Of or pertaining to the country of the ancient Silures; -- a term applied to the earliest of the Paleozoic eras, and also to the strata of the era, because most plainly developed in that country.
The geological period between 436 and 415 million years ago.
A period of geological time, dating from about 440 to 420 million years ago.
A geological period; the third of the Paleozoic Era from 439 to 409Ma. The fossil record from this period includes a huge variety of marine fossils, land plants and early invertebrate land animals.Epochs:Prídolí 411-409Ma Ludlow 423-411Ma Wenlock 430-423M... More
Period of geologic time 395-430 million years ago.
The third of the six Geologic Periods of the Paleozoic Era. It extends from the end of the Ordovician Period (about 435 million years ago) to the beginning of the Devonian Period (about 395 million years ago).
A period of the Paleozoic Era, thought to have covered the span of time between 440 and 400 million years ago. This period of geologic history follows the Ordovician period and precedes the Devonian period.
from 425 million to 405 million years ago; first air-breathing animals
A geological time period from 408 to 439 million years ago.
a period of geologic time from 440 to 410 million years ago.
the third epoch of the Palaeozioc era, the last of the Lower Paleozoic, lasting for 40 million years during which fish firrst appeared in the Earth's oceans; named after the native British Silures tribe from South Wales, in whose former territories outcrops of these rocks appear.
The geological period between about 439 million years to about 409 million years ago.
A period of the Paleozoic, spanning the time between 440 and 410 million years ago. It is named after a Celtic tribe called the Silures.
(see Geological Timescale)
Geological period 440 – 395 million years ago.
the period of geological time between 440 and 410 million years ago. The name comes from the Silures, a tribe of Celts. See Geological Timescale.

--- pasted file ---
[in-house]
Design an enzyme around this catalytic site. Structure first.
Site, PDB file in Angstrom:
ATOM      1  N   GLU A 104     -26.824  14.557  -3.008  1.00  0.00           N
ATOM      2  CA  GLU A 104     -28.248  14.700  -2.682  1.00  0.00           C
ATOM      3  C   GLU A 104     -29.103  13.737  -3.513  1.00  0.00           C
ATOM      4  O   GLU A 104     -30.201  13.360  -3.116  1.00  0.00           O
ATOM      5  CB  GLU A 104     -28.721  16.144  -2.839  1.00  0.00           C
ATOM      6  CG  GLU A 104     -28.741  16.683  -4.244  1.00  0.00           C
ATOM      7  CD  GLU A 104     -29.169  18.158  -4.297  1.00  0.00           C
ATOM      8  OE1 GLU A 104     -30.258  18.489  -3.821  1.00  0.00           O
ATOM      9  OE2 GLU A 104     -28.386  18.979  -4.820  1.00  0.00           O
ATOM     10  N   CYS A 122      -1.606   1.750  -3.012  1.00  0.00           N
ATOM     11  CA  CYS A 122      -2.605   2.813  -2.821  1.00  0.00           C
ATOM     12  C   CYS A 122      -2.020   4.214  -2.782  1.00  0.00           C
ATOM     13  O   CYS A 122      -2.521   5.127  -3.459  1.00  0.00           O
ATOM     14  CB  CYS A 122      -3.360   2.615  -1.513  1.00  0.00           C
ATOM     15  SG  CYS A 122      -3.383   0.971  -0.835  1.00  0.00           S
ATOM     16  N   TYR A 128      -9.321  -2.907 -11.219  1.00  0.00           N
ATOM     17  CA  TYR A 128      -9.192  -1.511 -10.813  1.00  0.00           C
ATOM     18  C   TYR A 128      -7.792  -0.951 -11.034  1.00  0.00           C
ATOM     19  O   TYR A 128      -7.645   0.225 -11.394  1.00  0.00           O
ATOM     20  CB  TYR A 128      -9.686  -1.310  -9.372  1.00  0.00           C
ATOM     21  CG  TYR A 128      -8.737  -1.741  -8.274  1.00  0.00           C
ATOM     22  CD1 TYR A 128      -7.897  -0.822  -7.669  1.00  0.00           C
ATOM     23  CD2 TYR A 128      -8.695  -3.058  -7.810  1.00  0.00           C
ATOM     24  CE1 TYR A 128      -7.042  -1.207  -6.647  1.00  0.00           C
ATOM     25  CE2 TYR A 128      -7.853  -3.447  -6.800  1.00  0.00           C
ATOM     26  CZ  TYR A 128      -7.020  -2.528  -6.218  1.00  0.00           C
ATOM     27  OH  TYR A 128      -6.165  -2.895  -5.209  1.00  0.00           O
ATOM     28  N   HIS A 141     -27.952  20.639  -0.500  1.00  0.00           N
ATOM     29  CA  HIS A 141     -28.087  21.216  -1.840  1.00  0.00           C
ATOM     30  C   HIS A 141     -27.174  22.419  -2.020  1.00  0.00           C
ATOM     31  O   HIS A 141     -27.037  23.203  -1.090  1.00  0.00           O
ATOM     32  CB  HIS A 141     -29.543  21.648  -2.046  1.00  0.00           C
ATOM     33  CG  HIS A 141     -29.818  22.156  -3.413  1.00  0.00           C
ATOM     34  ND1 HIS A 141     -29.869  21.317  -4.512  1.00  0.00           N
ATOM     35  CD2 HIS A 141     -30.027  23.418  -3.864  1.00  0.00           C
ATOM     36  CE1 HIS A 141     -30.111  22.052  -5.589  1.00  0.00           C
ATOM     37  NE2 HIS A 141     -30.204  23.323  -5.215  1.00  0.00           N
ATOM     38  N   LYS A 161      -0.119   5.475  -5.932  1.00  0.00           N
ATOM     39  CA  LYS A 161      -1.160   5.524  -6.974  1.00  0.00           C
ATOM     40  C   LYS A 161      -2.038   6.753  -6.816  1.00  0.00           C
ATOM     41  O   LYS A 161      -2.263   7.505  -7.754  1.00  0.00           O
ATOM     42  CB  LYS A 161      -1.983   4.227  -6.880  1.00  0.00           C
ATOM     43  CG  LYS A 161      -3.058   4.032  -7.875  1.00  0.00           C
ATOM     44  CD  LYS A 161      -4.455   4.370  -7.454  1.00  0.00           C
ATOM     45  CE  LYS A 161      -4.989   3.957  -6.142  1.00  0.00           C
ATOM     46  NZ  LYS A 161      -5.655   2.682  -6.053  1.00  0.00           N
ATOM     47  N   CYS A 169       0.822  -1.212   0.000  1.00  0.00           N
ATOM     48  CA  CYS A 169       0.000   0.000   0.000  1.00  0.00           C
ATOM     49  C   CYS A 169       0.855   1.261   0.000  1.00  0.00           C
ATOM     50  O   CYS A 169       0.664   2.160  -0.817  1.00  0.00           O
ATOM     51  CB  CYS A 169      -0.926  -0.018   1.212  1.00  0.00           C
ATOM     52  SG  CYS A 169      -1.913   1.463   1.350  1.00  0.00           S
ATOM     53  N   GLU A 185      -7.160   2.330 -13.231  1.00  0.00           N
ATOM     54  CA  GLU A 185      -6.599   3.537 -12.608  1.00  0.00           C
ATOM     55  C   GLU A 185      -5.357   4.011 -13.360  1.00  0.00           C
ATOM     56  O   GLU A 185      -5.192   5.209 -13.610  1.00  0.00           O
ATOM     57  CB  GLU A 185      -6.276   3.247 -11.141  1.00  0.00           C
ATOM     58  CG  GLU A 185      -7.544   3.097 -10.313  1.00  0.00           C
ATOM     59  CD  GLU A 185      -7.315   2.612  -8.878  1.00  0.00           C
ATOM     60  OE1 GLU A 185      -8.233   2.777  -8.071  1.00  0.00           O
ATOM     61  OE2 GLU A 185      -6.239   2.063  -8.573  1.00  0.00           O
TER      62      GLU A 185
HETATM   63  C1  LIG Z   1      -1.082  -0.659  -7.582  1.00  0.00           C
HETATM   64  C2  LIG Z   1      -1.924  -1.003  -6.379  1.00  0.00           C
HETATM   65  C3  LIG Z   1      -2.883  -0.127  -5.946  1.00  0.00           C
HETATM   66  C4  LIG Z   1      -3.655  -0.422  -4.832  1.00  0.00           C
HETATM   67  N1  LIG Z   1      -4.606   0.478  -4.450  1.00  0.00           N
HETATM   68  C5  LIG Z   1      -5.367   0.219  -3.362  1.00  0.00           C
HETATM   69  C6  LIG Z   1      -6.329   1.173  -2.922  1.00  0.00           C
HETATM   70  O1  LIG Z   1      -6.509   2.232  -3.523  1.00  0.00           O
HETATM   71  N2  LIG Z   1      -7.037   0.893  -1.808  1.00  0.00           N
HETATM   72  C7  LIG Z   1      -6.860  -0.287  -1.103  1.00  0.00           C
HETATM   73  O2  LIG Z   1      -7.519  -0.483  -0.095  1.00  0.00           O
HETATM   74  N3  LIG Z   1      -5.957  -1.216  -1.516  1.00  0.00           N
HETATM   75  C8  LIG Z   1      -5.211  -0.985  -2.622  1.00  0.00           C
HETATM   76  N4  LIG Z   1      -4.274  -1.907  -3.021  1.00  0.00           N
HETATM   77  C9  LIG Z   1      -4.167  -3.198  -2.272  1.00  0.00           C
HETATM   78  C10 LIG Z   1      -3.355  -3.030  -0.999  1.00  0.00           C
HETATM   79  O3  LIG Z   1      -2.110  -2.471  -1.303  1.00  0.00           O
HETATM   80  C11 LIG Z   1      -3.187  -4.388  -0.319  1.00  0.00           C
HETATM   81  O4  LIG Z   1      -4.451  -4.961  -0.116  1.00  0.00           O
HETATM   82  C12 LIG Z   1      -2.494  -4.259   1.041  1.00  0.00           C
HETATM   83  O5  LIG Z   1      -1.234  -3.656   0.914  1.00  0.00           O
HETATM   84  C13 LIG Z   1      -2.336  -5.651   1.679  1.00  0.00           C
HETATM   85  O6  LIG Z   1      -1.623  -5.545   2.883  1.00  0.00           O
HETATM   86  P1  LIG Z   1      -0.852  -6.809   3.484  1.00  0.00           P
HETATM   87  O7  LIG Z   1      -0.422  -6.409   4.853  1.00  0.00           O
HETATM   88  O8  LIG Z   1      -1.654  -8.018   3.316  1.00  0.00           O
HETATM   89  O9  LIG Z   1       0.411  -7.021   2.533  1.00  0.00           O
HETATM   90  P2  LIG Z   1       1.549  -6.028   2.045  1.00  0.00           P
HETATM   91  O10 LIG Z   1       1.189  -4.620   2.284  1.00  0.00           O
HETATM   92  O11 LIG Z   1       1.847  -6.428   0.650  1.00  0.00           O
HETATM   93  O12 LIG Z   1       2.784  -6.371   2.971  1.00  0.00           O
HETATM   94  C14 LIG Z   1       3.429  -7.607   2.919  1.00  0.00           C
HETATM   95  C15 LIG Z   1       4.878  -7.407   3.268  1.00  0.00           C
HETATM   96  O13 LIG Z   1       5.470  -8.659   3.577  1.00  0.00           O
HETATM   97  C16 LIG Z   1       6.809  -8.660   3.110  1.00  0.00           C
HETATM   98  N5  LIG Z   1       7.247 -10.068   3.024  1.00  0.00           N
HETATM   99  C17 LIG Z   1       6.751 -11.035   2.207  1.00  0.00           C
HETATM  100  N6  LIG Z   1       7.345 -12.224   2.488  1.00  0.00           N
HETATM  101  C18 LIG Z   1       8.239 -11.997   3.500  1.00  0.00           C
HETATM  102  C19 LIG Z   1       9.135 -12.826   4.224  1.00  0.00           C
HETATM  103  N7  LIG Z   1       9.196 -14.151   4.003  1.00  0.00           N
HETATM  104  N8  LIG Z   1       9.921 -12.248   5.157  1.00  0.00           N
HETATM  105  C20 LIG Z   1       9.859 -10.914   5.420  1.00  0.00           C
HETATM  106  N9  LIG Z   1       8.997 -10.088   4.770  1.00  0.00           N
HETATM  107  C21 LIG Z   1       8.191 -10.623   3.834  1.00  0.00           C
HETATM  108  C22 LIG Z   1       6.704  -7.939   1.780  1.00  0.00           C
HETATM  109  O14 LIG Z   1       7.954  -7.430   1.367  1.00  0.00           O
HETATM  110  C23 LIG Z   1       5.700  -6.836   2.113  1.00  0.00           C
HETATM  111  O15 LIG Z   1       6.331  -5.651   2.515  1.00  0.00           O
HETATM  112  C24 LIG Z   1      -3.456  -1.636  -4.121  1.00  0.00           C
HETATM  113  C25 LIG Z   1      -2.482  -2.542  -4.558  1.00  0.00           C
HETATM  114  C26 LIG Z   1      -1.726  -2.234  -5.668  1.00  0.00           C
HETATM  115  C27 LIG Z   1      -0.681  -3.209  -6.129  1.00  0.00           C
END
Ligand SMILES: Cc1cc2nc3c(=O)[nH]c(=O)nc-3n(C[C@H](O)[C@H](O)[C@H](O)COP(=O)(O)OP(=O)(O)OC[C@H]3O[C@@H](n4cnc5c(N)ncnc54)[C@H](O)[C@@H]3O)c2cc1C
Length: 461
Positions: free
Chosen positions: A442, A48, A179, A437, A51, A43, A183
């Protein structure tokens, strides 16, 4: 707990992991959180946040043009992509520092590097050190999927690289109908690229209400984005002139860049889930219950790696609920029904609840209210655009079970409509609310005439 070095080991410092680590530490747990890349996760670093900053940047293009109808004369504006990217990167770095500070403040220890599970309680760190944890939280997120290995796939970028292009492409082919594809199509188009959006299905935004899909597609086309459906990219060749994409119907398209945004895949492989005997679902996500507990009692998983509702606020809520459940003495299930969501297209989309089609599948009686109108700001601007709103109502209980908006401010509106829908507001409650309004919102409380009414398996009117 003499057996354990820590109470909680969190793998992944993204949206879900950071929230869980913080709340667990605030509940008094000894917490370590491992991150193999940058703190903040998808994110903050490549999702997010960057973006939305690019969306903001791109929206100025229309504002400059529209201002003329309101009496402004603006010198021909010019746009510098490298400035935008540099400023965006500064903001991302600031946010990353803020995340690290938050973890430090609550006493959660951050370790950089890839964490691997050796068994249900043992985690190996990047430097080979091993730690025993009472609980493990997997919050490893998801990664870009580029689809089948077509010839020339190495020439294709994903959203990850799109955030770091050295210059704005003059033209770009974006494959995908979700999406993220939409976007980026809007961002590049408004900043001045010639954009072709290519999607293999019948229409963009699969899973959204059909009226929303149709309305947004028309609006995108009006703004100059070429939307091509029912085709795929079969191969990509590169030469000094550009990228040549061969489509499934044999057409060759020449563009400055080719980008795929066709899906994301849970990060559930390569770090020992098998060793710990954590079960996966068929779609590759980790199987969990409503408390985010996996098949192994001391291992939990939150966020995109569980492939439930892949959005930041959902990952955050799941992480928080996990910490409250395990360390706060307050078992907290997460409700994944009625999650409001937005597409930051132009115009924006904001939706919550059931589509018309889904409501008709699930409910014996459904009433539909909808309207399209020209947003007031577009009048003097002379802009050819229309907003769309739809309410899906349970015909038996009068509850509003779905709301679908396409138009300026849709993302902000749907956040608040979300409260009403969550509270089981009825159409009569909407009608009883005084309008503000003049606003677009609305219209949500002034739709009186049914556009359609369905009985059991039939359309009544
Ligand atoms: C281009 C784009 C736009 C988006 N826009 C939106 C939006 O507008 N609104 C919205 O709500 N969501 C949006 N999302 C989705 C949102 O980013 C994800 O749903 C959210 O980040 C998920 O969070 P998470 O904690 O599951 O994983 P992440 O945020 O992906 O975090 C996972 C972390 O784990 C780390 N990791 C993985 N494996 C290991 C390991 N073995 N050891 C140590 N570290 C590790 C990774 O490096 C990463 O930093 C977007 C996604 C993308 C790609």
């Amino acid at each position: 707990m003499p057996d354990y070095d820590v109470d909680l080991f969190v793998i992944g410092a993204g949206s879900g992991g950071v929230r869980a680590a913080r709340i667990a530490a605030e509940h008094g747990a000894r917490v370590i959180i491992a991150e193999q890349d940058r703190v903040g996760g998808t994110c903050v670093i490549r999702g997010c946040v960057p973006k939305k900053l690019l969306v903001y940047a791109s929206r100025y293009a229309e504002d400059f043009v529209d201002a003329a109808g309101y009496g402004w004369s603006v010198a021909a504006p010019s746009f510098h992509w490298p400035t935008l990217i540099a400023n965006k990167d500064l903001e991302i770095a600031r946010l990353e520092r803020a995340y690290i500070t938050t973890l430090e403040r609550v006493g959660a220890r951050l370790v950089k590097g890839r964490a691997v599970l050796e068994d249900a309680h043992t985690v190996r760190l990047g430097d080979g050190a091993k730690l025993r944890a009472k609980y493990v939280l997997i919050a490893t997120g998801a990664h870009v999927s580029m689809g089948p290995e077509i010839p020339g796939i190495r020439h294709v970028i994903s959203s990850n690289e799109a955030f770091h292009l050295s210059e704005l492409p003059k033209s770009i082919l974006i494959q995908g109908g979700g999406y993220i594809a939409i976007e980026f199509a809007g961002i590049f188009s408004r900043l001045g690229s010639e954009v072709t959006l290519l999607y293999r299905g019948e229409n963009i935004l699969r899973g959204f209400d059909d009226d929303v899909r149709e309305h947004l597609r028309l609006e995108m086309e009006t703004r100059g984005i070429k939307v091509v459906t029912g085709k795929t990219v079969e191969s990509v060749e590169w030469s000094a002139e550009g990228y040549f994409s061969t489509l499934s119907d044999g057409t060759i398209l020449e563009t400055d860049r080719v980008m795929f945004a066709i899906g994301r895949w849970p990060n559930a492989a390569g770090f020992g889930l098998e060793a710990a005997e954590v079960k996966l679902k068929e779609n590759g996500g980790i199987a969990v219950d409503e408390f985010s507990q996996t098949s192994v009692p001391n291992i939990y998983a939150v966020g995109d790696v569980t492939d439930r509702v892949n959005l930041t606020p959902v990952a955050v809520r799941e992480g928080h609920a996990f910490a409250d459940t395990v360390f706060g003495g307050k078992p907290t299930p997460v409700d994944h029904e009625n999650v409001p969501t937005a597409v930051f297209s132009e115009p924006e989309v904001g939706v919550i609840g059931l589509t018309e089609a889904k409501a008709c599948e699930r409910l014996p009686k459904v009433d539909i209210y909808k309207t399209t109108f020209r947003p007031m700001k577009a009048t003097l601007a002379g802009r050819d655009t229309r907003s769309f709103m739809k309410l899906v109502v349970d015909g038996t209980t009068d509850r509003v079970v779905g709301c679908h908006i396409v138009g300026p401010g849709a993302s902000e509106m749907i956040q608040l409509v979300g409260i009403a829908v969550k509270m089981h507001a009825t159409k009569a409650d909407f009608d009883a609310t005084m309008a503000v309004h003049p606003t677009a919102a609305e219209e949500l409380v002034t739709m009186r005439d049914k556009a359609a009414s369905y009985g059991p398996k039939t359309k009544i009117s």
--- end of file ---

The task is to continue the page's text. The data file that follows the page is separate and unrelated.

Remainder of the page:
Middle Paleozoic age ranging from 435 Ma to 410 Ma.
A geological era lasting from approximately 438 to 408 million years ago.
A period of time stretching from 443 to 417 million years ago. The fossil evidence preserved from this period indicates a rapid expansion of marine life, including trilobites and corals.
A geological period; the third of the Paleozoic Era from 443 to 416Ma. The fossil record from this period includes a huge variety of marine fossils, land plants and early invertebrate land animals. Epochs: PrÃdolÃ 418-416Ma Ludlow 422-418Ma Wenlock 428-422Ma Llandovery 443-428Ma
the thrid geological period of the Paleozoic era, after the Ordovician and before the Devonian, characterized by the development of early invertebrate land animals and land plants. The Silurian formerly included what is now Ordovician and what is now Silurian; the rocks formed during this period. [AHDOS
The Silurian is a major division of the geologic timescale that extends from the end of the Ordovician period, about 443.7 Â± 1.5 Ma (million years ago), to the beginning of the Devonian period, about 416.0 Â± 2.8 Ma (ICS 2004). As with other geologic periods, the rock beds that define the period's start and end are well identified, but the exact dates are uncertain by 5-10 million years. The base of the Silurian is set at a major extinction event when 60% of marine species were wiped out.
The name Silurians refers to a fictional race of reptile-like beings in the long-running British science fiction television series Doctor Who. The Silurians were Earth's first sentient species, were scientifically advanced, and lived during prehistoric times. At some point, the Moon approached close to Earth, threatening to cause geological upheaval, and the Silurians went into self-induced hibernation to survive.